I am afraid our men will suffer for shoes. These long marches are very trying on men’s feet and shoes. You would be very much amused to see the men crossing a river. A regiment is marched down to the banks and halted long enough to allow them to pull off their pantaloons. If the water is over waist deep they put bayonets on their guns and hang their cartridge boxes on them, then right shoulder shift arms and wade across on fine spirits as if it was a frolic. The Yankees carry pontoon trains along with them but our boys say that every man in General Lee’s Army carries his own pontoons. It is very funny to pass through these Yankee towns to see the long sour faces. Our men go on and pay no attention to them. They only laugh at them when they make themselves ridiculous. Things are very cheap here in their stores but they will not take our money and Gen. Lee has issued very stringent orders about private property. He is very right for our Army would soon become demoralized if they were allowed to do as many of them would like to. Many of them think it very hard that they should not be allowed to treat them as their soldiers treated our people but we must not imitate the Yankees in their mean acts. Gen. Lee is going to support his Army over here and this will tax the people here and make them feel the war.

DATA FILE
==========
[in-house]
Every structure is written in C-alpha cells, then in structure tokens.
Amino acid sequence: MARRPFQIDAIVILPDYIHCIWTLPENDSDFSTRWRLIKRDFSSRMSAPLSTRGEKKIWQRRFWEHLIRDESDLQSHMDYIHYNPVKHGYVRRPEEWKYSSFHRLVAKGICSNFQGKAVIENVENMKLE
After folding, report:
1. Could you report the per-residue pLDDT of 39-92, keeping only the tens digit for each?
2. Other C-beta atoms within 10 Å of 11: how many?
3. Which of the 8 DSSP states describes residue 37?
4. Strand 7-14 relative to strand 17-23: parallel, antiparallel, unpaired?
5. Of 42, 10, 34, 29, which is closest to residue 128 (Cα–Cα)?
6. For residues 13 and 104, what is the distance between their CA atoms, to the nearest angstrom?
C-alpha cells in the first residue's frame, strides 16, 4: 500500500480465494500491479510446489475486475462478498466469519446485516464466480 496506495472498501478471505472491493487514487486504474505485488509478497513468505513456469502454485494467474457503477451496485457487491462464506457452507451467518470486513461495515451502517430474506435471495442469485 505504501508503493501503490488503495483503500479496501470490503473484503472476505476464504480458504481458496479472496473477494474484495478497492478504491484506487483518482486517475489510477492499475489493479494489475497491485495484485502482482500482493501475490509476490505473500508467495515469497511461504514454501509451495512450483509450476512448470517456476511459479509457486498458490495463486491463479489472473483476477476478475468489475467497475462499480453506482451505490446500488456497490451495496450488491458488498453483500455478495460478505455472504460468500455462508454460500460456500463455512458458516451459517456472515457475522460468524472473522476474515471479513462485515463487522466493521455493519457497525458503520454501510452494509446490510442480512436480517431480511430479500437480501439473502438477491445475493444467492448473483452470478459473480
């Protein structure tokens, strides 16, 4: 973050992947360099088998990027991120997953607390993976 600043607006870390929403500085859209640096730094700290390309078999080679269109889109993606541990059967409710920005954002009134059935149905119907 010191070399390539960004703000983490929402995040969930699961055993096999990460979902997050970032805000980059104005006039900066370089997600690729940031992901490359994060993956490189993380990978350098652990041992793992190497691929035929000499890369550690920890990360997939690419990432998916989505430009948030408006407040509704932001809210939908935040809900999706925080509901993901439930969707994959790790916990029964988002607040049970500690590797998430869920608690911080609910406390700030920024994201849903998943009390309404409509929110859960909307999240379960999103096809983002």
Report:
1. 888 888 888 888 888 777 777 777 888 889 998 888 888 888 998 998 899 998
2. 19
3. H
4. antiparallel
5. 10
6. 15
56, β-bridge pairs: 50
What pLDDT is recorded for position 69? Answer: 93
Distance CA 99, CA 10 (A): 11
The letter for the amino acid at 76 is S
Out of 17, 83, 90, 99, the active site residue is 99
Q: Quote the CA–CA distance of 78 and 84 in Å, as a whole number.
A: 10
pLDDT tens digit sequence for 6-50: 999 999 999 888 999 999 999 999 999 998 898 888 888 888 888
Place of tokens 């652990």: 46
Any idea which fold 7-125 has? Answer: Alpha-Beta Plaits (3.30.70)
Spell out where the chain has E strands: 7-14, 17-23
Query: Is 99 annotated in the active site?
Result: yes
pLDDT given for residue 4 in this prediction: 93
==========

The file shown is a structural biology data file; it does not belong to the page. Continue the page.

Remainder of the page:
Your very affectionate father,
Four days after mailing his hopeful letter, Colonel Gaillard would be in the thickest of the fighting at Gettysburg, an event that would forever after change his perspective on the hope of southern victory.
Historian, Gettysburg National Military Park